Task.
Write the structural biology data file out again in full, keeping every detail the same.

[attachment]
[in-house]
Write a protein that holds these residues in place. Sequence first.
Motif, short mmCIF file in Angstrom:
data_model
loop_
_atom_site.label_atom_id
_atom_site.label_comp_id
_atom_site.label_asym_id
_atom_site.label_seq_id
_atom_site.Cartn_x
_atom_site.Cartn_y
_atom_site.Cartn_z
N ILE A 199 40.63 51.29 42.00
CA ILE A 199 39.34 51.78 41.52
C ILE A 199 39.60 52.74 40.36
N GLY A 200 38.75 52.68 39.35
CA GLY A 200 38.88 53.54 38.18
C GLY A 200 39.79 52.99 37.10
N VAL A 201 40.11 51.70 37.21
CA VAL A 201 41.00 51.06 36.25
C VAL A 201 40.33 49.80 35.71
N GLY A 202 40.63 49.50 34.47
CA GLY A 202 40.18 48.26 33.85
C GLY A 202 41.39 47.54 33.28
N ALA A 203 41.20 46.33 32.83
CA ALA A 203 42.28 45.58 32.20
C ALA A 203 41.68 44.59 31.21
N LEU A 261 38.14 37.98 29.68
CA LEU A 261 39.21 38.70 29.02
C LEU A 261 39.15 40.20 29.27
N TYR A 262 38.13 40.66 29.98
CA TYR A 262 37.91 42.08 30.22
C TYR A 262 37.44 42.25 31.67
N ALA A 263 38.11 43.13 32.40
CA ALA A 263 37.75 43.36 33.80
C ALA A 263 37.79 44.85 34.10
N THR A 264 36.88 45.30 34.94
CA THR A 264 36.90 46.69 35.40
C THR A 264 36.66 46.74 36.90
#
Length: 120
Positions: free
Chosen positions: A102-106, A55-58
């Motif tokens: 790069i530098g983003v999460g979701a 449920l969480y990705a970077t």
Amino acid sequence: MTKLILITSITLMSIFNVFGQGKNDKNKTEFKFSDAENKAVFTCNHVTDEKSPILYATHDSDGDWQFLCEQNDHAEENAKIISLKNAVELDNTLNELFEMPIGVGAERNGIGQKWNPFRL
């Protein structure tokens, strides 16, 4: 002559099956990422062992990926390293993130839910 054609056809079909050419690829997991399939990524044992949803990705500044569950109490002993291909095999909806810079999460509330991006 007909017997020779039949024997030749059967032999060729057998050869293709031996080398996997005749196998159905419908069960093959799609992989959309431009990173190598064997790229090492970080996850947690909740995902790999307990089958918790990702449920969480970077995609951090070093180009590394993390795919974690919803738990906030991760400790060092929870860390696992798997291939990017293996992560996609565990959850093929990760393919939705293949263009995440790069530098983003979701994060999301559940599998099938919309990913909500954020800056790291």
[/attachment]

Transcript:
[in-house]
Write a protein that holds these residues in place. Sequence first.
Motif, short mmCIF file in Angstrom:
data_model
loop_
_atom_site.label_atom_id
_atom_site.label_comp_id
_atom_site.label_asym_id
_atom_site.label_seq_id
_atom_site.Cartn_x
_atom_site.Cartn_y
_atom_site.Cartn_z
N ILE A 199 40.63 51.29 42.00
CA ILE A 199 39.34 51.78 41.52
C ILE A 199 39.60 52.74 40.36
N GLY A 200 38.75 52.68 39.35
CA GLY A 200 38.88 53.54 38.18
C GLY A 200 39.79 52.99 37.10
N VAL A 201 40.11 51.70 37.21
CA VAL A 201 41.00 51.06 36.25
C VAL A 201 40.33 49.80 35.71
N GLY A 202 40.63 49.50 34.47
CA GLY A 202 40.18 48.26 33.85
C GLY A 202 41.39 47.54 33.28
N ALA A 203 41.20 46.33 32.83
CA ALA A 203 42.28 45.58 32.20
C ALA A 203 41.68 44.59 31.21
N LEU A 261 38.14 37.98 29.68
CA LEU A 261 39.21 38.70 29.02
C LEU A 261 39.15 40.20 29.27
N TYR A 262 38.13 40.66 29.98
CA TYR A 262 37.91 42.08 30.22
C TYR A 262 37.44 42.25 31.67
N ALA A 263 38.11 43.13 32.40
CA ALA A 263 37.75 43.36 33.80
C ALA A 263 37.79 44.85 34.10
N THR A 264 36.88 45.30 34.94
CA THR A 264 36.90 46.69 35.40
C THR A 264 36.66 46.74 36.90
#
Length: 120
Positions: free
Chosen positions: A102-106, A55-58
């Motif tokens: 790069i530098g983003v999460g979701a 449920l969480y990705a970077t």
Amino acid sequence: MTKLILITSITLMSIFNVFGQGKNDKNKTEFKFSDAENKAVFTCNHVTDEKSPILYATHDSDGDWQFLCEQNDHAEENAKIISLKNAVELDNTLNELFEMPIGVGAERNGIGQKWNPFRL
């Protein structure tokens, strides 16, 4: 002559099956990422062992990926390293993130839910 054609056809079909050419690829997991399939990524044992949803990705500044569950109490002993291909095999909806810079999460509330991006 007909017997020779039949024997030749059967032999060729057998050869293709031996080398996997005749196998159905419908069960093959799609992989959309431009990173190598064997790229090492970080996850947690909740995902790999307990089958918790990702449920969480970077995609951090070093180009590394993390795919974690919803738990906030991760400790060092929870860390696992798997291939990017293996992560996609565990959850093929990760393919939705293949263009995440790069530098983003979701994060999301559940599998099938919309990913909500954020800056790291």